News is an important part of our daily lives. We hear it on the radio, read about it in newspapers and magazines, watch it on television, or look at it on the Internet. It keeps us informed of what is happening around the world, as well as in our own communities.
What Makes a Story News?
The first step in determining whether something is news is to determine its relevance. This is an important consideration because the news we see in newspapers and magazines, on TV, and on the Internet is all about people and events that affect them.
A story that is about a walk to school with baby tigers, for example, may be more of a news story than one that is about an explosion on the moon because it has significance beyond the personal life of the person reading the newspaper or watching the TV program. Similarly, the story of a robbery at the convenience store is more likely to be news than one about a murder because it has an element of drama, and makes clear who is good and who is bad.
Timeliness is also an important factor in deciding what will become news. That is why news organizations often include current events in their reports and articles.
If a farm wall collapses and kills a cow and a pig, for example, the story may not be much news in the United States but it could be a big deal in Japan. This is because there are different levels of importance in society, and that means that the level of interest in a story varies from country to country.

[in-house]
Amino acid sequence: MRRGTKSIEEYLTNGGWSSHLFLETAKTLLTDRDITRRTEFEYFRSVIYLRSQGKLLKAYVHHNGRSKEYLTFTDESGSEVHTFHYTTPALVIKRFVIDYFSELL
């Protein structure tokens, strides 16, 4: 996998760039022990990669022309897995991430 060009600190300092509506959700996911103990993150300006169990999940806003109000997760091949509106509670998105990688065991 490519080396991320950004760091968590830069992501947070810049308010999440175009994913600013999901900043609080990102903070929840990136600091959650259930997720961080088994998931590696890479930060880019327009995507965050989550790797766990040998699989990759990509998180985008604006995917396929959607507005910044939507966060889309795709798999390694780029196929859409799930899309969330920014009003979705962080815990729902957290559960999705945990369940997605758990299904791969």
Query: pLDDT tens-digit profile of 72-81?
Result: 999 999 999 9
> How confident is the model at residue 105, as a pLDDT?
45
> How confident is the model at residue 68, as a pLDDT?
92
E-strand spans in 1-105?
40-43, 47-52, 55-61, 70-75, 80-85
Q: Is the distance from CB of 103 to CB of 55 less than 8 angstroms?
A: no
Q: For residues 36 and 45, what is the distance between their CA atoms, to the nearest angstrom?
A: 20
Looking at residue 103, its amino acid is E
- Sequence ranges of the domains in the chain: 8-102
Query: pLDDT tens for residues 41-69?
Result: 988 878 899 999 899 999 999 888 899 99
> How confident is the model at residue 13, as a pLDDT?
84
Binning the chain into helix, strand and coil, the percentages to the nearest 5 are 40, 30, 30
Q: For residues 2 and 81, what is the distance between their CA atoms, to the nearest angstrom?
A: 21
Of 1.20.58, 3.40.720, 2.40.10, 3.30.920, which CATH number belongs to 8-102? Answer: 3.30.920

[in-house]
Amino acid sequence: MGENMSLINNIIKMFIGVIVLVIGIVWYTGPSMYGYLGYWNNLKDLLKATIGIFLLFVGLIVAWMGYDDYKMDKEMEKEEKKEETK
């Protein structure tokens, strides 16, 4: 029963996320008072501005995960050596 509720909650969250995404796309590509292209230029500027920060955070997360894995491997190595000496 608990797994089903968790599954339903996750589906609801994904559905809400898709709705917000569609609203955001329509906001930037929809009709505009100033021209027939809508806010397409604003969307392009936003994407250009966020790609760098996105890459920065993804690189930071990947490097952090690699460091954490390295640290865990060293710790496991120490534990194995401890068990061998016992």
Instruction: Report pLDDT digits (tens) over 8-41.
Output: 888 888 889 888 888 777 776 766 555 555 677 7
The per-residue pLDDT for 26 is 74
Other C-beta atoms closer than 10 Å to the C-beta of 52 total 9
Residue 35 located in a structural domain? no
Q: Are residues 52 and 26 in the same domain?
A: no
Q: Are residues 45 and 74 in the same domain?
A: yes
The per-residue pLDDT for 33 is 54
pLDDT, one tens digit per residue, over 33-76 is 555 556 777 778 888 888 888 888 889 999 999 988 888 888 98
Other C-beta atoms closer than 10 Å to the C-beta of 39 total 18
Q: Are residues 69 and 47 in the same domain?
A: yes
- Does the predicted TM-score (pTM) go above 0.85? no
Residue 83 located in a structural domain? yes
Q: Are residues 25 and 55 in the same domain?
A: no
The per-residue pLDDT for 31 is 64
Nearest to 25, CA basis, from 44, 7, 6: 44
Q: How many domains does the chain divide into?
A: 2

This is why it is so important for news writers to have the ability to find and use credible sources, which they can do by talking to experts, visiting the library or using the Internet. It is also important for them to write the story in a way that will make it interesting and appealing to readers.
How to Tell a Good Story
Once the story is written, it is up to the editor or news manager of the newspaper, magazine, radio station or television network to decide how to present the story. This is called the “gatekeeping” process, and it involves a lot of sifting through all of the information that comes in each day.
Some of the decisions that news editors or managers make can be quite complicated. They have to consider several factors, including the story’s timeliness, its impact and how it will be portrayed.
The news should be factual, impartial and fair. Objectivity is the quality that journalists strive for, because they want to be able to report the truth without bias or favoritism.
News is a complex, constantly changing phenomenon that has been around since Gutenberg’s printing press and the subsequent communications advances of radio, television, and the Internet. These developments have altered power relationships in many ways, but still largely left the power to publish in the hands of corporations, governments, and wealthy individuals. This has created new challenges for news consumers and journalists alike.